Giving Compass' Take:

• Michelle Berkeley unpacks Next Generation Science Standards and what they mean for students and the future of education.

• Do STEM programs you support reflect the ideals laid out here? How can funders work to spread effective STEM education? 

• Learn how to support STEM education

Next Generation Science Standards (NGSS) are intended to provide all students in the U.S. an internationally-benchmarked science education through a structured, coherent approach to science content and practice.

In response to the fact that science standards had not been revised since the beginning of the 21st century, despite the many advances in science that have occurred in that time, education reform organization Achieve led the collaborative effort between twenty-six state partners, the National Research Council (NRC), the National Science Teachers Association (NSTA), and the American Association for the Advancement of Science (AAAS), and a final draft of the standards was released in April of 2013.

The standards were developed in a two step process; first came the development of the Framework for K–12 Science Education, a research- and evidence-based document identifying what science all K-12 students should know and how students learn science most effectively, and then the science standards were developed by science educators and other experts based on the framework.

Every NGSS has three prongs working together to create a three dimensional learning experience. These include the following:

  1. Crosscutting Concepts are a means of linking the different domains of science identified as Physical Science, Life Science, Earth and Space Science, and Engineering, Technology and Applications of Science. Examples of crosscutting concepts include: patterns, similarity and diversity; cause and effect; scale, proportion and quantity; systems and system models; energy and matter; structure and function; and stability and change. Thoroughly understanding these concepts helps students to interrelate knowledge and develop a scientifically-based view of the world.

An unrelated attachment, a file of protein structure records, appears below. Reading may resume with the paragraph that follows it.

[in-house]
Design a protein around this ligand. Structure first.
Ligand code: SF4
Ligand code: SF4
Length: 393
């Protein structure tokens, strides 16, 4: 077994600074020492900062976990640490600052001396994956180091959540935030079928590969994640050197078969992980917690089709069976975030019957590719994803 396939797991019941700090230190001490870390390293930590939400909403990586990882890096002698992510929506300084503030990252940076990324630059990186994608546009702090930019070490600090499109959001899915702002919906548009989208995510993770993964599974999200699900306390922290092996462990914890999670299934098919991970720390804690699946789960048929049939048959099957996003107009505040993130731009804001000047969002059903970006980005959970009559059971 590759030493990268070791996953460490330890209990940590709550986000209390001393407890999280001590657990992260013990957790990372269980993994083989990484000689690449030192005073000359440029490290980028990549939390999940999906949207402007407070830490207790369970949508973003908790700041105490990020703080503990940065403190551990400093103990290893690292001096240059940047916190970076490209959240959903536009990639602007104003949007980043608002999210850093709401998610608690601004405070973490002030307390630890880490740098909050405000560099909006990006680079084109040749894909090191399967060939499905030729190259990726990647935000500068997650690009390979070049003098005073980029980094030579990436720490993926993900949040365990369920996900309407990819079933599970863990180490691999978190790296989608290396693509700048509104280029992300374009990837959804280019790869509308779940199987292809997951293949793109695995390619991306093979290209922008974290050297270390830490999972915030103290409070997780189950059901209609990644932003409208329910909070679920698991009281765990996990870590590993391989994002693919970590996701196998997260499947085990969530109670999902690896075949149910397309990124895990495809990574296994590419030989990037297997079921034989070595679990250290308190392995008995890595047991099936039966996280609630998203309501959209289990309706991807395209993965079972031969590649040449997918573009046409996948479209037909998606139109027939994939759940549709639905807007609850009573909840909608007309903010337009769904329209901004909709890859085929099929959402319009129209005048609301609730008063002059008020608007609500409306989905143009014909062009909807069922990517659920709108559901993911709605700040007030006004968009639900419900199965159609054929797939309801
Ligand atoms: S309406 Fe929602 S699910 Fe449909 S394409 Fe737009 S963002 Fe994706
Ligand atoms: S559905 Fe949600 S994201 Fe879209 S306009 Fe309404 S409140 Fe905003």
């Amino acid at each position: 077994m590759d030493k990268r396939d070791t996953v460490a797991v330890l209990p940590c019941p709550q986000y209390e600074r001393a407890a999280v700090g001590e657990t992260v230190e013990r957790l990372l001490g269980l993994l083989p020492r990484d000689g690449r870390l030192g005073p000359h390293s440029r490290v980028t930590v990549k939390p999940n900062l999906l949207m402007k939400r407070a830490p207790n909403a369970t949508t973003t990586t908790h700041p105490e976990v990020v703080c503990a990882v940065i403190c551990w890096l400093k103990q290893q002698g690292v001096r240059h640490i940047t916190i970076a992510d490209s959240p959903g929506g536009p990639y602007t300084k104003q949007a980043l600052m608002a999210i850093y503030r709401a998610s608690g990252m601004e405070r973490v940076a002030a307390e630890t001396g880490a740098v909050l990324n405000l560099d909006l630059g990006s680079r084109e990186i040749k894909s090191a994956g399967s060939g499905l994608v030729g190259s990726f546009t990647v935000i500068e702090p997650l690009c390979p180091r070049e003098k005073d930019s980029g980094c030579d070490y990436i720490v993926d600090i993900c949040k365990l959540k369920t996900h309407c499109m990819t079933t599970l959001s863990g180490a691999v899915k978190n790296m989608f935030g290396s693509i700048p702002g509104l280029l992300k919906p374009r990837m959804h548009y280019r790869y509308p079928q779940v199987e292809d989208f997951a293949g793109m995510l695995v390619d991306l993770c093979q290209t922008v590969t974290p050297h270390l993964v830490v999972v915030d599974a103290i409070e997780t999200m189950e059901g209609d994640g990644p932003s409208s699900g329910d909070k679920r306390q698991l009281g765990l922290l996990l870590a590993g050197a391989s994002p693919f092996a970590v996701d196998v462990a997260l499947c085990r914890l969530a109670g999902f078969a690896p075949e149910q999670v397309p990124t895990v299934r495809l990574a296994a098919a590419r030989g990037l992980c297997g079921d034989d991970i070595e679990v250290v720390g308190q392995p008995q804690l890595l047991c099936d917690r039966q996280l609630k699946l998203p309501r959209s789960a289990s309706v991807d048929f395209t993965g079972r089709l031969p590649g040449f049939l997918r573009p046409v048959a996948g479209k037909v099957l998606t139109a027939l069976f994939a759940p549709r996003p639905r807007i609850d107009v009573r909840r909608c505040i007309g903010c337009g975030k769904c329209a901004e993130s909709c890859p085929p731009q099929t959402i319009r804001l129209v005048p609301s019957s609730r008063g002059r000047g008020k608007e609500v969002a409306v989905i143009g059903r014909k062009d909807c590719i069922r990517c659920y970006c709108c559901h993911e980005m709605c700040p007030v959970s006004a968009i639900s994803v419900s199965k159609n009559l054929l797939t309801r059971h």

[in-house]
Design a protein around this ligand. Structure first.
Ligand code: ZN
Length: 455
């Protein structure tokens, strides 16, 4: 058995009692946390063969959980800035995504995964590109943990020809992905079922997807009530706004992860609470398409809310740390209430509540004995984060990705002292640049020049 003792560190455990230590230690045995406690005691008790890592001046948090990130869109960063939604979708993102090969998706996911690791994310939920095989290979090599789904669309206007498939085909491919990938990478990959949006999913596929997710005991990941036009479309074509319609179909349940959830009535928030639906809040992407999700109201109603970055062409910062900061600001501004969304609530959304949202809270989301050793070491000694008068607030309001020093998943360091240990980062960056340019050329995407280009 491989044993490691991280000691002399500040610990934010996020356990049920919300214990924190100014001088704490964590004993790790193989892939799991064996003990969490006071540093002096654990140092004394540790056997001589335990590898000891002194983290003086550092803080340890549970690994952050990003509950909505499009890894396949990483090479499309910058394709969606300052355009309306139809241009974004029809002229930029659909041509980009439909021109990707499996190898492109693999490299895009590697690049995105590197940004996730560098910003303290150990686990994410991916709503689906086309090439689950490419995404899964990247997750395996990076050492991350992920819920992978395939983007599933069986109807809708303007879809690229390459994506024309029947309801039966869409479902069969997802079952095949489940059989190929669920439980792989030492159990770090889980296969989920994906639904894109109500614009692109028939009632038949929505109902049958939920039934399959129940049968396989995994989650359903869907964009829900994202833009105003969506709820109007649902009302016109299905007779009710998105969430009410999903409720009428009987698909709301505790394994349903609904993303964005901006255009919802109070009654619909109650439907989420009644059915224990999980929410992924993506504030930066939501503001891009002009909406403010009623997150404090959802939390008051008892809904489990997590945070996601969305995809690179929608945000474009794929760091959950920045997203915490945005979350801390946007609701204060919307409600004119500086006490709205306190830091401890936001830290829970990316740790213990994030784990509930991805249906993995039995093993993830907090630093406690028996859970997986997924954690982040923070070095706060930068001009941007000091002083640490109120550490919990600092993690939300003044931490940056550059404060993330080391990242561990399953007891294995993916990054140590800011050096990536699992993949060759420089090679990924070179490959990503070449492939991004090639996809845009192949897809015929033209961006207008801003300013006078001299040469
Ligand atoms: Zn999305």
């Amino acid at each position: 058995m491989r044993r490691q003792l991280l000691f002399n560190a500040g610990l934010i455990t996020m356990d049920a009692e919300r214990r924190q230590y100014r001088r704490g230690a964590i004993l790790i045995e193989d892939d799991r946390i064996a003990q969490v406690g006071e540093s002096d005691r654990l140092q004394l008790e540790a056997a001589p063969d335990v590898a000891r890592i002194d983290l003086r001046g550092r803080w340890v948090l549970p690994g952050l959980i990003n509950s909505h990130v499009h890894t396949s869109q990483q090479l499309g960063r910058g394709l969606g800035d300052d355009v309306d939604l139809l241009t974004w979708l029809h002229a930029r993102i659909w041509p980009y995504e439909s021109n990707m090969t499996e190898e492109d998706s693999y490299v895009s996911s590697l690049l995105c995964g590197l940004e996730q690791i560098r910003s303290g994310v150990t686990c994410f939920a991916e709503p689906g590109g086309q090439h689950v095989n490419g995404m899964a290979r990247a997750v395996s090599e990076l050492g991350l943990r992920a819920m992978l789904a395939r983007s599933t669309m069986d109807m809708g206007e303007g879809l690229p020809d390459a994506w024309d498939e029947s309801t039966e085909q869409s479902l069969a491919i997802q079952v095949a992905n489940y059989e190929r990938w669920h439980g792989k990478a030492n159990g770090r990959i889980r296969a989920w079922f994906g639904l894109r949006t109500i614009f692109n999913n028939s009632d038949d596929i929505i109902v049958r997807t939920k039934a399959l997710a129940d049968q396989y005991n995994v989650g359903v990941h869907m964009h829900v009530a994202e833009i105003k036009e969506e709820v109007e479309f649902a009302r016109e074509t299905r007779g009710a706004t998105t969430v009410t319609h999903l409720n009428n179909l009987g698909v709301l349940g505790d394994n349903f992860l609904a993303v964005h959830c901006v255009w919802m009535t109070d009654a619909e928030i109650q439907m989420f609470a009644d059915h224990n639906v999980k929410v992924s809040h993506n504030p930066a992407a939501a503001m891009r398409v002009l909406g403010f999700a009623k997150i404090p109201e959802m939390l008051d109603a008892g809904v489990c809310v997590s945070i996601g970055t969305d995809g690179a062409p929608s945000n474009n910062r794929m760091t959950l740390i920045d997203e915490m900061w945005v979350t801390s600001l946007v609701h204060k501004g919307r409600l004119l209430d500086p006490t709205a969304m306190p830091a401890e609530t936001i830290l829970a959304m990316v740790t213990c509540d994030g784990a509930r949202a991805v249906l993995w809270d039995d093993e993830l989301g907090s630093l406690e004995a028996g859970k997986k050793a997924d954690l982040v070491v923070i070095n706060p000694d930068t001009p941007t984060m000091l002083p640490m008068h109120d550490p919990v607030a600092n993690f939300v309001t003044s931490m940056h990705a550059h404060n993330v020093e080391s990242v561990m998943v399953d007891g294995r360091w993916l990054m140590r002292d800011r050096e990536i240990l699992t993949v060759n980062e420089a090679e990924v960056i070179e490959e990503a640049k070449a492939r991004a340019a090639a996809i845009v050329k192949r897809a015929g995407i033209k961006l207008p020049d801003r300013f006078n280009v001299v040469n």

2. Science and Engineering Practice helps students understand what scientists and engineers do to investigate, develop theories, and build models and systems. By defining and engaging in practices, students better understand the relevance of science and its connection to everyday life.
  3. Disciplinary Core Ideas focus science curriculum, instruction and assessments on the most essential aspects of science. Core ideas meet at least two of the following four criteria.
    1. Have broad importance across multiple  sciences or engineering disciplines or be a key organizing concept of a single discipline;
      Provide a key tool for understanding or investigating more complex ideas and solving problems;
    2. Relate to the interests and life experiences of students or be connected to societal or personal concerns that require scientific or technological knowledge;
    3. Be teachable and learnable over multiple grades at increasing levels of depth and sophistication.

Read the full article about Next Generation Science Standards by Michelle Berkeley at Getting Smart.